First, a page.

Dawson-Hughes also recommends protein, as it composes about one-half of bone. She says, “Consuming protein stimulates insulinlike growth factor-1, a growth factor that builds both bone and muscle.” The RDA for protein for adults older than 50 is 46 g for women and 56 g for men, but this is a minimum. Some older adults may need more protein (1 to 1.2 g protein per kilogram of body weight). With increased rates of overweight and obesity, many older adults also are dieting. Care should be taken to avoid very low-calorie diets, as low BMD has been reported in obese women who consume fewer than 1,000 kcal per day.16

When working with older adults, RDs need to emphasize a plant-based diet with nutrient-dense foods high in bioavailable vitamins, minerals, phytochemicals, and antioxidants that help to support bone health. RDs can seek opportunities to integrate these recommendations as part of a multidisciplinary team, serving seniors in both primary care and geriatric settings.

— KC Wright, MS, RDN, is a research dietitian at Dartmouth Hitchcock Medical Center in New Hampshire and focuses on sustainable nutrition at wildberrycommunications.com.


1. National Osteoporosis Foundation. Osteoporosis fast facts. https://cdn.nof.org/wp-content/uploads/2015/12/Osteoporosis-Fast-Facts.pdf. Accessed October 30, 2019.

2. Matheson EM, Mainous AG 3rd, Carnemolla MA. The association between onion consumption and bone density in perimenopausal and postmenopausal non-Hispanic white women 50 years and older. Menopause. 2009;16(4):756-659.

3. Dow C. Setting the record straight on bone health. Nutrition Action website. https://www.nutritionaction.com/daily/dietary-supplements/setting-record-straight-bone-health/. Published August 4, 2017.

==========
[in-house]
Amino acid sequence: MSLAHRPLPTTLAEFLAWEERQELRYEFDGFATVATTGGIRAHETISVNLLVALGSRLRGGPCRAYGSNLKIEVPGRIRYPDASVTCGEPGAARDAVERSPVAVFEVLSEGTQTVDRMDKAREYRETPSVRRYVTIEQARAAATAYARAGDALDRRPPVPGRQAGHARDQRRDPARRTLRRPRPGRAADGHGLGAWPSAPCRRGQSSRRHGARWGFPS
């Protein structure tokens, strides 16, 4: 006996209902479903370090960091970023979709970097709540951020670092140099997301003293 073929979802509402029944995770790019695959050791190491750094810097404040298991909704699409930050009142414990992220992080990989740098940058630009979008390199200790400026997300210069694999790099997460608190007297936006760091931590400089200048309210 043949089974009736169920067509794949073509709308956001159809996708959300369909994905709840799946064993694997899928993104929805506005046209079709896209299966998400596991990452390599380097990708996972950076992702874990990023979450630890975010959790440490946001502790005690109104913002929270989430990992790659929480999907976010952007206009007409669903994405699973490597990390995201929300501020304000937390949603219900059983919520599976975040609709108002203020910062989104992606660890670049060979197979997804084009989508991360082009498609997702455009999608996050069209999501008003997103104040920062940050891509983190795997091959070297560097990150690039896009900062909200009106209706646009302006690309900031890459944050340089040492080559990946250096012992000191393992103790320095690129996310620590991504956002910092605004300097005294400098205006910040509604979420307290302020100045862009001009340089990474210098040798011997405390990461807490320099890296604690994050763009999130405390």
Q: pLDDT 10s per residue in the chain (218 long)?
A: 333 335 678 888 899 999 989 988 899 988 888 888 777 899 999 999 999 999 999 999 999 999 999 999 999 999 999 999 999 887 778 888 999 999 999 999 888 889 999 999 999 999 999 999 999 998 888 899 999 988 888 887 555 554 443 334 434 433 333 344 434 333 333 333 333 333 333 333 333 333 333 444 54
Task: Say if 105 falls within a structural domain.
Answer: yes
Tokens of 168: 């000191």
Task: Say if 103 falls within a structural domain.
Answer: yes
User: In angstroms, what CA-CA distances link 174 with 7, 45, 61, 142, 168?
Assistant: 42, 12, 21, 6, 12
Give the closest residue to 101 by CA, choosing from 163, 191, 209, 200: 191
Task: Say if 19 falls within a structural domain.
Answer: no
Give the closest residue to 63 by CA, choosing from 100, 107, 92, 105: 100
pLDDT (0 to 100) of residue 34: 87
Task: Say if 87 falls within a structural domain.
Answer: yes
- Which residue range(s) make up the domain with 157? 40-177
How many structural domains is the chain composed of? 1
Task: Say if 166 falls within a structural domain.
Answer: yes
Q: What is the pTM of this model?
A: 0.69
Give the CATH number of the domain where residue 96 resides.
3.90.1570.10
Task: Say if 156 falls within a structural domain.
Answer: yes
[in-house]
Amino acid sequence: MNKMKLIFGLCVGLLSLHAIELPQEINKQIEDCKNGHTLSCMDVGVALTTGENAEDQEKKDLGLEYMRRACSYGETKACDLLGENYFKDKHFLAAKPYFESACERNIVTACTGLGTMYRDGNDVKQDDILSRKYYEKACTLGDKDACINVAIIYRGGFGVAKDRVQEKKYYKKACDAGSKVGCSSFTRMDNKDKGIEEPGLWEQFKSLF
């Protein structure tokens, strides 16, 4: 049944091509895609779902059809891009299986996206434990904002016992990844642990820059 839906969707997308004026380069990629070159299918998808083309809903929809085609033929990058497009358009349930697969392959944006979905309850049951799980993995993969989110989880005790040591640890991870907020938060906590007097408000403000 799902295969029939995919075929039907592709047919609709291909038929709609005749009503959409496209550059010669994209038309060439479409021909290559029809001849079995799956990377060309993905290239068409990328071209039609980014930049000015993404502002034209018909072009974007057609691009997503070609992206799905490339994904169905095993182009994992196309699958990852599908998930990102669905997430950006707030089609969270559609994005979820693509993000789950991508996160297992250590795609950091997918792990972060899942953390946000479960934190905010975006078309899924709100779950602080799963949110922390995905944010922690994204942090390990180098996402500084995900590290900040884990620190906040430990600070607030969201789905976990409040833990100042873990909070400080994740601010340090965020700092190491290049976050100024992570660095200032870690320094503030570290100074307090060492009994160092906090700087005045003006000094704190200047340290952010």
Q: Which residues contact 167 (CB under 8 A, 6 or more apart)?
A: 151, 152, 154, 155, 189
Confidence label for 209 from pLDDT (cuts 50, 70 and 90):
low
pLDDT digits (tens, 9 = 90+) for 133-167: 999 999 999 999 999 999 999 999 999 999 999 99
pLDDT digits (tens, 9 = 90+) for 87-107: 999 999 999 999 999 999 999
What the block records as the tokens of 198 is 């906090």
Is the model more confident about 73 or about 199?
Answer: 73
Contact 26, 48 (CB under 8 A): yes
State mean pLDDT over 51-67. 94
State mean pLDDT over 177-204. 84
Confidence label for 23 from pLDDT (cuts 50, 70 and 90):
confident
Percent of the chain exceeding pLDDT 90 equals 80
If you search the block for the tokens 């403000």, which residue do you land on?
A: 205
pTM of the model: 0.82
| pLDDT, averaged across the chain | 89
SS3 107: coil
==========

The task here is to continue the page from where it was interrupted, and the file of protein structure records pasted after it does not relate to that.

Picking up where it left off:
4. Sahni S, Mangano KM, McLean RR, Hannan MT, Kiel DP. Dietary approaches for bone health: lessons from the Framingham Osteoporosis Study. Curr Osteoporosis Rep. 2015;13(4):245-255.

5. Aghajanian P, Hall S, Wongworawat MD, Mohan S. The roles and mechanisms of actions of vitamin C in bone: new developments. J Bone Miner Res. 2015;30(11):1945-1955.

6. Rao LG, Mackinnon ES, Josse RG, Murray TM, Strauss A, Rao AV. Lycopene consumption decreases oxidative stress and bone resorption markers in postmenopausal women. Osteoporos Int. 2007;18(1):109-115.

7. Mackinnon ES, Rao AV, Josse RG, Rao LG. Supplementation with the antioxidant lycopene significantly decreases oxidative stress parameters and the bone resorption marker N-telop eptide of type I collagen in postmenopausal women. Osteoporos Int. 2011;22(4):1091-1101.

8. Mackinnon ES, Rao AV, Rao LG. Dietary restriction of lycopene for a period of one month resulted in significantly increased biomarkers of oxidative stress and bone resorption in postmenopausal women. J Nutr Health Aging. 2011;15(2):133-138.

9. Gunn CA, Weber JL, Kruger MC. Midlife women, bone health, vegetables, herbs and fruit study. The Scarborough Fair study protocol. BMC Public Health. 2013;13:23.

10. Gunn CA, Weber JL, McGill AT, Kruger MC. Increased intake of selected vegetables, herbs and fruit may reduce bone turnover in post-menopausal women. Nutrients. 2015;7(4):2499-2517.

11. García-Martínez O, Rivas A, Ramos-Torrecillas J, De Luna-Bertos E, Ruiz C. The effect of olive oil on osteoporosis prevention. Int J Food Sci Nutr. 2014;65(7):834-840.

12. Melguizo-Rodríguez L, Manzano-Moreno FJ, Illescas-Montes R, et al. Bone protective effect of extra-virgin olive oil phenolic compounds by modulating osteoblast gene expression. Nutrients. 2019;11(8):E1722.

13. Chen F, Du M, Blumberg JB, et al. Association among dietary supplement use, nutrient intake, and mortality among U.S. adults: a cohort study. Ann Intern Med. 2019;170(9):604-613.

14. Nutrients from food, not supplements, linked to lower risks of death, cancer. ScienceDaily website. https://www.sciencedaily.com/releases/2019/04/190408183720.htm. Published April 8, 2019. Accessed November 9, 2019.

15. Only 1 in 10 adults get enough fruit and vegetables. Centers for Disease Control and Prevention website. https://www.cdc.gov/media/releases/2017/p1116-fruit-vegetable-consumption.html. Published November 16, 2017. Accessed November 1, 2019.

16. Andersen RE, Wadden TA, Herzog RJ. Changes in bone mineral content in obese dieting women. Metabolism. 1997;46(8):857-861.